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Home Planet

Remembrance: Gold Star Mother’s Day

 

    His story was not uncommon but that only increases its bittersweet quality.

 

    In late September, 1918, just weeks before the end of the Great War that had decimated parts of France and Belgium and effectively destroyed an entire generation of men in Europe, Sergeant Headley Williams, a young man from Lebanon, Missouri, did as he’d been trained.

 

    As a runner in Company C’s 129th machine gun battalion, he carried messages between commanders and artillery, and on September 28, according to the document awarding him the Silver Star, after penetrating enemy lines and securing important messages, Williams was killed by a high-explosive shell in the Argonne woods. 

 

    At that moment, a world away, although she would not know it for some time, Jessie Williams became a Gold Star Mother. The blue star on the banner she would have hung from the window to signify the family had a son in the war, would be covered by a gold star to signify his death. 

 

    Later, she would receive several photos. One showed two simple wood crosses in a muddy field, one of which marked her son’s grave, and another was of a man, by accounts her son’s commanding officer, kneeling before

the two graves. 

 

    Williams, who lived to be 100, was only one of so many mothers who lost a son to a war somewhere in

France.  After the war the families of those who’d died were asked whether they wanted their dead returned or

to be buried in a dedicated American cemetery in Europe. The majority requested the return of their loved ones

but more than 30,000 were left in the land where they fell. 

 

    The world moved on, but something interesting happened. In 1928, a decade after the war’s end, Gold Star

Mothers across the United States organized and became a solid, and in some ways fierce, lobbying group.

They began to demand the government take them to the battlefields where their sons had fallen. The women mobilized and effectively turned what had been such a powerful tool of motivation and domestic propaganda

into a demand: You’ve told us there is no bond like that of a mother and a son, no sacrifice like the loss of a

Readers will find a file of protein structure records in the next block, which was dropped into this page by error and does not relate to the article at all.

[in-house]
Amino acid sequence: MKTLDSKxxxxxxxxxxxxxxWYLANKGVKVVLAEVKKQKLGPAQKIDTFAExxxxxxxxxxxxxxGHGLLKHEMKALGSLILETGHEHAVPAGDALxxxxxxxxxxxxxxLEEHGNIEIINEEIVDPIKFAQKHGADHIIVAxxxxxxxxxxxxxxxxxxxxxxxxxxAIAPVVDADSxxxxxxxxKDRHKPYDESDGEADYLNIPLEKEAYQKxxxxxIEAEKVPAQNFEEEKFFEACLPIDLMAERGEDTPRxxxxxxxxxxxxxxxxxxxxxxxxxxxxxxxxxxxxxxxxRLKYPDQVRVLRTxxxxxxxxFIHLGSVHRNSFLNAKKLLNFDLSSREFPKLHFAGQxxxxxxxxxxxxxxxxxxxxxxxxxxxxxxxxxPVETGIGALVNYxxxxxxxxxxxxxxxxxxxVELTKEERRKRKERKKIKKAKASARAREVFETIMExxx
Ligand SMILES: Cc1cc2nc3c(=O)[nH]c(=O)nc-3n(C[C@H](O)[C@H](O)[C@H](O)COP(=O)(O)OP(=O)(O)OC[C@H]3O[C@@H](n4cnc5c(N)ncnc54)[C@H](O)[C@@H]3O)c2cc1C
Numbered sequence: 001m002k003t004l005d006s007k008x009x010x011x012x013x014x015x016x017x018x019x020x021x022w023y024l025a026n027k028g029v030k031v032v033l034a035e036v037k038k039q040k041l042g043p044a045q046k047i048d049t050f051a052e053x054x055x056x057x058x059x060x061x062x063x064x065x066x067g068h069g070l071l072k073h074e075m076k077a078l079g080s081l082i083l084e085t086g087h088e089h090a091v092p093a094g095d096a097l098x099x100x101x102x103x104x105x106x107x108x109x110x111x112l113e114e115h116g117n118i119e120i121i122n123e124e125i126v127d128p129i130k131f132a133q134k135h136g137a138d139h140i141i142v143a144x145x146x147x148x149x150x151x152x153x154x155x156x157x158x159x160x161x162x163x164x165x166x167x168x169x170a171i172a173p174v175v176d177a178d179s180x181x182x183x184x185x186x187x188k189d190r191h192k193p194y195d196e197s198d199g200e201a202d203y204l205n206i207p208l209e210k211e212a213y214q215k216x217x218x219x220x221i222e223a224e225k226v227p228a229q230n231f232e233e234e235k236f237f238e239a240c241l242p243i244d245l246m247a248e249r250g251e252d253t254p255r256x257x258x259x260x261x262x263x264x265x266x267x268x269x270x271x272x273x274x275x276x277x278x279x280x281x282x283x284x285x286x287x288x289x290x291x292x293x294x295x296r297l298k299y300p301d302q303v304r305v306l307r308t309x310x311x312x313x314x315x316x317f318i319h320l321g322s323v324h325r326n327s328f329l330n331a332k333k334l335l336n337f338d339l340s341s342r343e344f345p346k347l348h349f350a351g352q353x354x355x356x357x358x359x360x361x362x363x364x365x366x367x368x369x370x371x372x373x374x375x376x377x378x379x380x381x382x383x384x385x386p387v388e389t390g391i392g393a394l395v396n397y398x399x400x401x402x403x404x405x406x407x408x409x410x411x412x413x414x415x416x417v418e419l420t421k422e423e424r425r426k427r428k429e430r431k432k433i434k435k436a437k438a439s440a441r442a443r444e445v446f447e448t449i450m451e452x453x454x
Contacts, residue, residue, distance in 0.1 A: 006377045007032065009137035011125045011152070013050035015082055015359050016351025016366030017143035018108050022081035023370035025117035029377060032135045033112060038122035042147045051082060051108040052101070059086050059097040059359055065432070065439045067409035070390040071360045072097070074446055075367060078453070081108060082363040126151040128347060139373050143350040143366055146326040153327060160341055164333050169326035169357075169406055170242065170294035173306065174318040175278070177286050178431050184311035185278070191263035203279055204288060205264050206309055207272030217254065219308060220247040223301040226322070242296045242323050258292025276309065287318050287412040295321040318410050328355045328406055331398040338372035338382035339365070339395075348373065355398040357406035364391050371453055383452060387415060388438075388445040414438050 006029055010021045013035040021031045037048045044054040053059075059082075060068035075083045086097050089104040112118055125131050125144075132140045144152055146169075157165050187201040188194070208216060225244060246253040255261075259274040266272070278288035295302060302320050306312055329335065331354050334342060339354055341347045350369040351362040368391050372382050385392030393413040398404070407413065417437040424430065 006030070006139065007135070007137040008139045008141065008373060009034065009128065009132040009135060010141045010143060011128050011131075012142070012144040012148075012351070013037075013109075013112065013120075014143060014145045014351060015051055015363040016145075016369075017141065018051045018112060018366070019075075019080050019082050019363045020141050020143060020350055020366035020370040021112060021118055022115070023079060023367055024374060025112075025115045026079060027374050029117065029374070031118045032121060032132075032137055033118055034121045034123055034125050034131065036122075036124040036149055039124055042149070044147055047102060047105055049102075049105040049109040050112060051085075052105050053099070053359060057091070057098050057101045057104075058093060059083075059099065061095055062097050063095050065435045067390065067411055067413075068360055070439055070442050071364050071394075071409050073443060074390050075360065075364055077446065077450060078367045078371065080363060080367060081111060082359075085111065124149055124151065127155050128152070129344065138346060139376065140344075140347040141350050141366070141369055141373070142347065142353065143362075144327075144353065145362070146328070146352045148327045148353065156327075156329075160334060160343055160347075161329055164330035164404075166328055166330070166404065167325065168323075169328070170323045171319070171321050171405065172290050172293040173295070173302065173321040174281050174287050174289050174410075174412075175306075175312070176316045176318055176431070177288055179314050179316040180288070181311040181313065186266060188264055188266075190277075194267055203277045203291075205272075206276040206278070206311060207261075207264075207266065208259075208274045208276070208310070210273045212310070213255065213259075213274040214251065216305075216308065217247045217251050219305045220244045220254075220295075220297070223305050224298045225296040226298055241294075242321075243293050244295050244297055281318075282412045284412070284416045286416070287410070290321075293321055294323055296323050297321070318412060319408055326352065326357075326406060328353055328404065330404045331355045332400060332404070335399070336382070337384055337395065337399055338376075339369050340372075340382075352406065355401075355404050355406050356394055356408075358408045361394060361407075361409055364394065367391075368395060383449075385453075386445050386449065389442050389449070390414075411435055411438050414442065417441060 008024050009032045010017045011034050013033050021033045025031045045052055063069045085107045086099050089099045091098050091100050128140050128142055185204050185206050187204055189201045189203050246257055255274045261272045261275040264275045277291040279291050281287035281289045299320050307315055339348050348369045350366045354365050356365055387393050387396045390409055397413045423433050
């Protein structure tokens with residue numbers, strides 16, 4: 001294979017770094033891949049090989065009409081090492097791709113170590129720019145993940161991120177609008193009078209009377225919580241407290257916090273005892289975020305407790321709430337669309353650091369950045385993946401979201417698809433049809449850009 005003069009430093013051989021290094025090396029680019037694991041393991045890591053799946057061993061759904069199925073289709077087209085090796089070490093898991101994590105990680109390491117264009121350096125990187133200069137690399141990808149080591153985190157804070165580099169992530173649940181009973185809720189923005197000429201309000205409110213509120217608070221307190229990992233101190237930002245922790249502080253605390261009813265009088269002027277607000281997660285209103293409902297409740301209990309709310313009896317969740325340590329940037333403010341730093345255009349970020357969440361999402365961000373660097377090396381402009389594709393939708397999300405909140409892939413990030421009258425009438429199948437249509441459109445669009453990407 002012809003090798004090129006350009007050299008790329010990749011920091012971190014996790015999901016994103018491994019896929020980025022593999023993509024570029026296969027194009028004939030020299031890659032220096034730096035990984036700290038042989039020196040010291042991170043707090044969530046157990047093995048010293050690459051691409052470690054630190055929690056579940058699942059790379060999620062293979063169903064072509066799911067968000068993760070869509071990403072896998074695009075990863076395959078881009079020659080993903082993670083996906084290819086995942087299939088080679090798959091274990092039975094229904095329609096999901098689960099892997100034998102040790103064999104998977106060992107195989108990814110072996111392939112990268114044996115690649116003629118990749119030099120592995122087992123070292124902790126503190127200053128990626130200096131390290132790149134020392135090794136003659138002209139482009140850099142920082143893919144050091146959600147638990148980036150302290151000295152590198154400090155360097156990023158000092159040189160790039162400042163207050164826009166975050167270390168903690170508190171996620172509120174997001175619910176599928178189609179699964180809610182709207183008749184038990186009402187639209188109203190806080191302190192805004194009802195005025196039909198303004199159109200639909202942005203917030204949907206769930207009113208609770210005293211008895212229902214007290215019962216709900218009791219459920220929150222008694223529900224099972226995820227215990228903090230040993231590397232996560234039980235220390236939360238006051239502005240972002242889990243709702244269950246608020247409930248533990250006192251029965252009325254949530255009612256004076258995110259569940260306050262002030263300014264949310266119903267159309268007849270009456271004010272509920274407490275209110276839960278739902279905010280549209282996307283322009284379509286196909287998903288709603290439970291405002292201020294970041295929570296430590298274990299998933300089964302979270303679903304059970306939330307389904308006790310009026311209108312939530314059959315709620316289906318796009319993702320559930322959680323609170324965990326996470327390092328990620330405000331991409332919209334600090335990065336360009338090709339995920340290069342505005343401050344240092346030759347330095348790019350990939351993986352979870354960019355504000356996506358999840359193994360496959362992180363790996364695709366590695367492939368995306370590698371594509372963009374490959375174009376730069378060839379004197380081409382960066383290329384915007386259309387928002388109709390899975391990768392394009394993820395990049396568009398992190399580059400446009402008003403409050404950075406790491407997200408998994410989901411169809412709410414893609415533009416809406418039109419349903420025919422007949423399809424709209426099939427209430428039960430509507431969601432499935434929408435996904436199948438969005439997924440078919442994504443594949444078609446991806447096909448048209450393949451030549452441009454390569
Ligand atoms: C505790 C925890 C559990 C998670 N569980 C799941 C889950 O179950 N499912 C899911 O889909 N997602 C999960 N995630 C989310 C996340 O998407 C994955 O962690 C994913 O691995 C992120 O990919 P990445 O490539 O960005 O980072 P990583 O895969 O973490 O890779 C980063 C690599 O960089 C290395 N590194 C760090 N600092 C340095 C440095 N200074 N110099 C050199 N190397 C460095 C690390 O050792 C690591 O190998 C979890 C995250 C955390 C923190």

son, they lobbied. Now, take us over there.

 

     Eventually the U. S. government capitulated and by 1933 more than 6,000 women-- Gold Star mothers who

fit the narrowly-defined criteria --were taken to the American cemeteries in Europe on all-expenses-paid

pilgrimages to see the last resting place of their sons.  That was only a fraction of the number who lost sons

(and daughters) to the war, but even the pilgrimages provide a window into American culture at the time.

African American mothers were also eligible but their tours were segregated. The white mothers traveled on

liners, the black mothers on freighters.

 

    At American cemeteries in Europe, comfortable rooms, essentially parlors with comfortable furniture and a

homey decor, were created for the visiting women. In March, when President Barak Obama addressed the press on a trip to Belgium, he did so from the Gold Star room at the WWI Flanders Fields American Cemetery. I stood

in that room a few years ago and found it impossible not to think of the women who’d been there and the war

that had taken their sons.

 

    In 1936, by presidential decree, the last Sunday in September would from that time on be known as Gold Star Mother’s Day. And today is that day.

 

    Of course, the war that was to end all wars didn’t. Each year more women still become Gold Star Mothers because men and women still go into service and lose their lives. But in an age where every day is dedicated to something--Chocolate Chip Cookie day, Pet Your Dog Day, National Coffee Day-- Gold Star Mother’s Day gets lost, a forgotten monument to a forgotten war. 

 

    So today, National Strawberry Cream Pie Day, by the way, maybe we should take a minute to think about something that isn’t sweet. About soldiers who went over there, soldiers who still go over there, and mothers (and fathers) who are left with only a golden star.

 

 

Cheryl-Anne Millsap’s audio essays can be heard on Spokane Public Radio and on public radio stations across the U.S. She is the author of “Home Planet: A Life in Four Seasons” and can be reached at catmillsap@gmail.com

 



Cheryl-Anne Millsap's Home Planet column appears each week in the Wednesday "Pinch" supplement. Cheryl-Anne is a regular contributor to Spokane Public Radio and her essays can be heard on Public Radio stations across the country.